Materials and Nanoscience, Nebraska Center for (NCMN)


Date of this Version

March 2004


Published in JOURNAL OF APPLIED PHYSICS VOLUME 95, NUMBER 5. © 2004 American Institute of Physics. Used by permission.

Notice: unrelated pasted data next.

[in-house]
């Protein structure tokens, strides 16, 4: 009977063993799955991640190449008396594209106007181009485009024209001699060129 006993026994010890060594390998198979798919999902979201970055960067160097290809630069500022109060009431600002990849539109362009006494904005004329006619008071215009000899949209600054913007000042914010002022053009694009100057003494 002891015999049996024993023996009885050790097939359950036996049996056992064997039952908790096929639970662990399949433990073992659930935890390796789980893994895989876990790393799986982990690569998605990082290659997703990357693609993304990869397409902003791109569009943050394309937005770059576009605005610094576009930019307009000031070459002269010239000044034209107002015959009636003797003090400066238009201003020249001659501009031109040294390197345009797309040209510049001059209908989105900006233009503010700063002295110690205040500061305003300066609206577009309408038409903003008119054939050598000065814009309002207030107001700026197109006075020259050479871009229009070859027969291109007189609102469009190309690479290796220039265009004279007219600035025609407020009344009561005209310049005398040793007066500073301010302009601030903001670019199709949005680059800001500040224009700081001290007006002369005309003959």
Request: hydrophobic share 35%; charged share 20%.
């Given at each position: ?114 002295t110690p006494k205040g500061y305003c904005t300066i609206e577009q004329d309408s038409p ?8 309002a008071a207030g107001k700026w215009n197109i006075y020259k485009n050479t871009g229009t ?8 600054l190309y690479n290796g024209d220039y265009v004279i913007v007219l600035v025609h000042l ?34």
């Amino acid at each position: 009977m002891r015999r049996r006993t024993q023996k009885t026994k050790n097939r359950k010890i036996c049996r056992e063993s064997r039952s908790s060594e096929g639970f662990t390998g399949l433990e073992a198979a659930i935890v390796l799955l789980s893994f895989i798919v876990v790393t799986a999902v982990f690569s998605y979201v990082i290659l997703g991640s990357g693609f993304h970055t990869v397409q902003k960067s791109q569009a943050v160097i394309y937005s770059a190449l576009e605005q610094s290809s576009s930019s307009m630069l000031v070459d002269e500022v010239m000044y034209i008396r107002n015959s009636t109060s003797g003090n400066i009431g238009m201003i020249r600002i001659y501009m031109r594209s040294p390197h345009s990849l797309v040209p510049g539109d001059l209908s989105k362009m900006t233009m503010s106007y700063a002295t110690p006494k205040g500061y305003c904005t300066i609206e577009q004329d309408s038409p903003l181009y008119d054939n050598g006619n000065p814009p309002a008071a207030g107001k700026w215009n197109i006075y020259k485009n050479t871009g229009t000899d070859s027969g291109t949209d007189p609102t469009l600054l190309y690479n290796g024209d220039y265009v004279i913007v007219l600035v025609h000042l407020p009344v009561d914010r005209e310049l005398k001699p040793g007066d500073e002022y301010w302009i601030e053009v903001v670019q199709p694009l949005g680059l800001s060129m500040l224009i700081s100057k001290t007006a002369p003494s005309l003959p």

We have investigated how ambient humidity can affect quantitative measurements of elastic properties on the nanoscale. Using an emerging technique called atomic force acoustic microscopy (AFAM), two samples were examined: a thin film of fluorosilicate glass and a section of borosilicate glass. When experimental results were analyzed using a simple model of the atomic force microscope cantilever dynamics, values of the tip–sample contact stiffness k* increased approximately linearly with relative humidity. The effect is believed to be due to the presence of a humidity-dependent layer of water on the sample. To account for this, the data analysis model was extended to include viscoelastic damping between the tip and the sample. A damping term proportional to the relative humidity was used. The revised values for k* showed virtually no dependence on humidity. Thus, the subsequent calculations of the indentation modulus M from k* yielded similar values regardless of measurement humidity. These results indicate that environmental conditions can influence quantitative nanoscale measurements of elastic properties, at least in some materials.